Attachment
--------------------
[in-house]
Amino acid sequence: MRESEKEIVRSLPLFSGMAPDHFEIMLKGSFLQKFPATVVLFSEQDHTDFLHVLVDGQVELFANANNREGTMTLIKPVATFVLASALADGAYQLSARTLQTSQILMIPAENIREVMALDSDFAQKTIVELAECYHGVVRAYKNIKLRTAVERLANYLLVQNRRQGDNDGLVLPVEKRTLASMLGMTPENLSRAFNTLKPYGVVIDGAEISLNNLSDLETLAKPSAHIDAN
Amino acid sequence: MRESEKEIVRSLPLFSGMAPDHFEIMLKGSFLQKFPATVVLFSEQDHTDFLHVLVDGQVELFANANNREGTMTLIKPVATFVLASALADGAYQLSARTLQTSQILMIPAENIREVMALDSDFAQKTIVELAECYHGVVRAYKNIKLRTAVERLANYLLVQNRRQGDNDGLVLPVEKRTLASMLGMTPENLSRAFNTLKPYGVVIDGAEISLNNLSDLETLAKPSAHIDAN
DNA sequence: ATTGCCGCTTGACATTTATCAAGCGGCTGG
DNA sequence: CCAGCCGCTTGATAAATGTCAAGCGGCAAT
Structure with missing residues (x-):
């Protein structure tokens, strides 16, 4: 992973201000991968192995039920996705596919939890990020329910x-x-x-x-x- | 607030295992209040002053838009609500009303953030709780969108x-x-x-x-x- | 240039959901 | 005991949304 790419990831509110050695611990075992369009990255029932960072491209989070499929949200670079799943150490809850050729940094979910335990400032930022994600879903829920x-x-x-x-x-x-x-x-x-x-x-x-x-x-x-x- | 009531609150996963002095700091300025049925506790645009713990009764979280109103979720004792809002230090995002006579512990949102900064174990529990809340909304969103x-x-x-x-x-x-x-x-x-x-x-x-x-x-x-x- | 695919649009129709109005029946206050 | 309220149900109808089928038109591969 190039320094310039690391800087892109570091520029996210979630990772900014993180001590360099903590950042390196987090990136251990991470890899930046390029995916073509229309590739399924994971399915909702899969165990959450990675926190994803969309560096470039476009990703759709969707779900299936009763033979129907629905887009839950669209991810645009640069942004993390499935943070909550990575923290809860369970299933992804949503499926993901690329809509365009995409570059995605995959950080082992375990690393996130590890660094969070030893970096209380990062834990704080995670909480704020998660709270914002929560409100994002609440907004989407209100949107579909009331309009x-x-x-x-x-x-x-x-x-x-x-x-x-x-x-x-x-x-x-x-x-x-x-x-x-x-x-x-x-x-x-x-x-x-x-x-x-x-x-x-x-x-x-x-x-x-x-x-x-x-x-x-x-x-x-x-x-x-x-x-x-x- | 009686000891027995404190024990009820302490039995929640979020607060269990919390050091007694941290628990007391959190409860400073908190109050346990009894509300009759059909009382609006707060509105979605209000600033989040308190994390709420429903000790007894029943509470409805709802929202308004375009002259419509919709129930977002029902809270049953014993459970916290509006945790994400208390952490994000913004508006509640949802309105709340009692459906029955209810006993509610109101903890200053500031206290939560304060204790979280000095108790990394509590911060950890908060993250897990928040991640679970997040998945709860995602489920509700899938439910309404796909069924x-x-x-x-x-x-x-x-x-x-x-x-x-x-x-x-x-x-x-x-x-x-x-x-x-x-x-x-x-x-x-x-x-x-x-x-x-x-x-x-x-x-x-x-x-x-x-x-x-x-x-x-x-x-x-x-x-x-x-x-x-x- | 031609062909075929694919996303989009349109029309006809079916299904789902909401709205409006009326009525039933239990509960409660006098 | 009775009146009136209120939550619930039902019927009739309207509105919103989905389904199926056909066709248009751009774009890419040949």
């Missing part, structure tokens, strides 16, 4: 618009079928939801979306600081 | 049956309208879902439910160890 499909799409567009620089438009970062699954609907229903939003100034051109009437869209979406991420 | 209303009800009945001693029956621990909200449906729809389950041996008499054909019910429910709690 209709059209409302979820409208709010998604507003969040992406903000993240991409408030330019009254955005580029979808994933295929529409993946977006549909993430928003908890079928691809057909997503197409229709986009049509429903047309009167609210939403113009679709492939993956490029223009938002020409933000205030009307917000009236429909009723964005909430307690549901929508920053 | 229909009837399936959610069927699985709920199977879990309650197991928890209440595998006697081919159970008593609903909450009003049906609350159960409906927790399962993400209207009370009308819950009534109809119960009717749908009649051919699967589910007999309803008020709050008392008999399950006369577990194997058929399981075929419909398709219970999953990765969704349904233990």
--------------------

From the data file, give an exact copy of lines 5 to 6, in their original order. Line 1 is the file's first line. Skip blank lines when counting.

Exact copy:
DNA sequence: CCAGCCGCTTGATAAATGTCAAGCGGCAAT
Structure with missing residues (x-):